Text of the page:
Exploring the Factors that (De)Motivate UWindsor Engineering Students to Improve their Writing Skills
Lisa Salfi, Faculty of Engineering
Writing instruction is a critical component of engineering education. In fact, a resounding message from engineering employers is that graduates need to possess stronger writing skills in order to succeed in industry. Still, engineering students generally resist writing instruction, even if to their own detriment. Many assumptions have been made about why this occurs (e.g., engineering students do not see the value in writing, they are poor writers, they do not think they can learn how to write well, etc.); however, research is needed to determine the veracity of these claims. The focus of this study is to investigate the factors that impact engineering students’ motivation (or lack thereof) to improve their writing skills. A qualitative survey of University of Windsor undergraduate, graduate, and doctoral engineering students will be conducted, followed by more detailed interviews in focus groups. The survey and interview questions will be based on knowledge from motivational science, for example, self-efficacy (how competent the students feel to perform writing tasks), task value (whether the students see any utility value in the tasks), attribution theory (perceived causes of success and failure), and goal orientation. The questions will also examine interest levels and unique writing challenges faced by engineering students at the University of Windsor. This research is a first step toward the goal to modify curricula, develop resources, and make pedagogical choices that are learning-centred and will motivate engineering students to improve their writing skills.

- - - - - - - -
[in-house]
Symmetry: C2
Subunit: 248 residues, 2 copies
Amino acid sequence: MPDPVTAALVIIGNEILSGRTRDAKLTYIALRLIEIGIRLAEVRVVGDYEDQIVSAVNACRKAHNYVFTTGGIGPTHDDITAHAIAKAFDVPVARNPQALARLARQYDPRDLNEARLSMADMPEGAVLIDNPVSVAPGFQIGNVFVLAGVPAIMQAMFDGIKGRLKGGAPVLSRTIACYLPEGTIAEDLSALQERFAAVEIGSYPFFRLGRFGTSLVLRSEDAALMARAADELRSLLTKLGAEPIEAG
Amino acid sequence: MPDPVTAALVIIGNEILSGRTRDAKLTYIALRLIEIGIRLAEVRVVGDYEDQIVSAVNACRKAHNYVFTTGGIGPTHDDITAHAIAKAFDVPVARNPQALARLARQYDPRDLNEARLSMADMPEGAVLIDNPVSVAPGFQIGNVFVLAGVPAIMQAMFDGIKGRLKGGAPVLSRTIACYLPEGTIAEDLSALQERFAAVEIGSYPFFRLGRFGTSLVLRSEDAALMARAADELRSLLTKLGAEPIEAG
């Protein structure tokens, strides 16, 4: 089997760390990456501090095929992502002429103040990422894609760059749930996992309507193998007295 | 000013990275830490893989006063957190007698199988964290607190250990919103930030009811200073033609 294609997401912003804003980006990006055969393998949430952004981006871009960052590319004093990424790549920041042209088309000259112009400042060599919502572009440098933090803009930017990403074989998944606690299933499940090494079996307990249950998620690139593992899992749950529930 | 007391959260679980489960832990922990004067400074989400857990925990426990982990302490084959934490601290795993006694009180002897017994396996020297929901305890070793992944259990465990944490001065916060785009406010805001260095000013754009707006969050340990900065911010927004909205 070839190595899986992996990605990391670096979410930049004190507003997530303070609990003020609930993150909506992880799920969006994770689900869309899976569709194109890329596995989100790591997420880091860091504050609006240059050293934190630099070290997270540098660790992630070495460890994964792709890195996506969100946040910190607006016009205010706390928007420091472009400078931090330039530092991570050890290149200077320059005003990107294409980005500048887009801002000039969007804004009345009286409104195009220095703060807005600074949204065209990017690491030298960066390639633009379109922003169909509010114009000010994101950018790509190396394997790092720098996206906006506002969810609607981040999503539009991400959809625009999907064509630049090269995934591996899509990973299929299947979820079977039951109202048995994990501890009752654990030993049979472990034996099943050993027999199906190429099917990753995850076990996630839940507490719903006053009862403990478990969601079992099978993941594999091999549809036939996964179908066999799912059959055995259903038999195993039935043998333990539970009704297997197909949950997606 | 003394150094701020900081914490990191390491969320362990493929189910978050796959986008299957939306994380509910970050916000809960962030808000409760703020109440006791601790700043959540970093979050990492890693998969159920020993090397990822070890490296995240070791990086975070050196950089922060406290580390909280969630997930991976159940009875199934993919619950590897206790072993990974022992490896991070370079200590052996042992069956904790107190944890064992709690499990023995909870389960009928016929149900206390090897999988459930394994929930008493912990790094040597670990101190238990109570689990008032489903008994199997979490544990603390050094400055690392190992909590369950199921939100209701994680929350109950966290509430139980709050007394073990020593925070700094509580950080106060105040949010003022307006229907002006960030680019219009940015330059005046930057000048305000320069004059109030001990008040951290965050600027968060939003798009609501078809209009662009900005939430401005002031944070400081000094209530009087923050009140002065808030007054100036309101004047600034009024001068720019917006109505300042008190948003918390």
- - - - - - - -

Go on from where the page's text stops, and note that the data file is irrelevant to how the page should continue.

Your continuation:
Utilizing Simulation to Educate Nurse Practitioners about Opioid Management and Medical Assistance in Dying (MAID)
Sherry Morrell, Gina Pittman, Amanda Mcewen, & Debbie Rickeard, Faculty of Nursing
Canada, per capita, is the second-largest consumer of opioids in the world (Canadian Institute of Health Information [CIHI], 2019). From January 2016 to June 2019, there were 13,900 opioid-related events in Canada. In Ontario, 435 opioid-related deaths occurred from January to March 2019 and 1,500 Ontarians died in 2018 from opioid-related causes. In Canada, Nurse Practitioners (NPs) were granted prescribing authority for controlled substances, including opioids, by Health Canada in 2012. Ontario was the last province to grant prescribing authority in 2017 (College of Nurses of Ontario [CNO], 2017). In addition to controlled substance prescribing, NPs in Ontario were permitted to perform Medical Assistance in Dying (MAID) for appropriate patient situations (CNO, 2017). NPs can act as assessors and/or providers for MAID. Currently, NP students are limited in participating in MAID and prescribing controlled substances given regulation requirements. Given the tremendous increase in NP responsibilities, ensuring NP students receive the education that builds confidence and adequately prepares them for circumstances is essential. Simulation scenarios permit NP students to learn and practice real-life scenarios in a non-consequential environment. The goal of utilizing simulation in NP education is to increase entry-level NP confidence in their ability to safely prescribe opioids and engage in MAID procedures in their practice. Data gathered from this project will inform educational practices and public health policies to ensure NP preparedness for opioid prescribing and MAID in practice and to focus awareness on patient safety during these acts.